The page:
ITS Transit Standards Professional Capacity Building Program
Module 14 Part 2: Applying GTFS-realtime to Your Agency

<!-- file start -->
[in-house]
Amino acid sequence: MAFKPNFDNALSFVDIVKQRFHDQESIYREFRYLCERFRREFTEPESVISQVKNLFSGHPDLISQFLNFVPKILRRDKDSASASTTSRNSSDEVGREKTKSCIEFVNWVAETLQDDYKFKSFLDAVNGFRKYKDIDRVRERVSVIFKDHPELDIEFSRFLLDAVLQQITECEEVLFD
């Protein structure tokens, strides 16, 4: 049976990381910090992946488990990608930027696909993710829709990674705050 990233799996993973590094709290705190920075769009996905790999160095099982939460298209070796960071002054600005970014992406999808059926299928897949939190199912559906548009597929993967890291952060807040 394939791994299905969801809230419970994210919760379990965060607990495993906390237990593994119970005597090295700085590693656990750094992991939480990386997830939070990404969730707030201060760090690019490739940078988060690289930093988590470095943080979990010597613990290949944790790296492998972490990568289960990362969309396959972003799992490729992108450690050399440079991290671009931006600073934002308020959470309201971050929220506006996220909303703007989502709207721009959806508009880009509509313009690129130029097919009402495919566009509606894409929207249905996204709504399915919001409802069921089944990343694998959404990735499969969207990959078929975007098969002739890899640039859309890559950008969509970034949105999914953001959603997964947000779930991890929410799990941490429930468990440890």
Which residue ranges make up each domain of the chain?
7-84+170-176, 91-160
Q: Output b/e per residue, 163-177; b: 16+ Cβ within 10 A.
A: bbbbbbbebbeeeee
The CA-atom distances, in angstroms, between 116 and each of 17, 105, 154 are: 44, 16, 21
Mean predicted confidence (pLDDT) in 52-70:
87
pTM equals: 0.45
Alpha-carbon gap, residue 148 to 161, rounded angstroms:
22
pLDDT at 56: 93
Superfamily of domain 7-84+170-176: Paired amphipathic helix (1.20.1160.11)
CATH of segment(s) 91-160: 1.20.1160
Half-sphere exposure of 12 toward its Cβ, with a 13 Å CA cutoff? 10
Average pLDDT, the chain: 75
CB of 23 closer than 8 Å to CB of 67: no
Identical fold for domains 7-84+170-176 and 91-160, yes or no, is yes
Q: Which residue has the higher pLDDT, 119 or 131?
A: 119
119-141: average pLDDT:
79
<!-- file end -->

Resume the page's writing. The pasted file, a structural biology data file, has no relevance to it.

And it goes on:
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Vincent Valdes: ITS Standards can facilitate the deployment of interoperable ITS systems, and make it easier to develop and deploy regionally integrated transportation systems. Transit standards have been developed by transit professionals like you at a national level to encourage competition and limit costs within our industry. However, these benefits can only be realized if you know how to write them into your specifications and test them. There are now a series of modules for public transportation providers that cover practical applications for promoting multi-modalism and interoperability in acquiring and testing standards-based ITS Transit systems.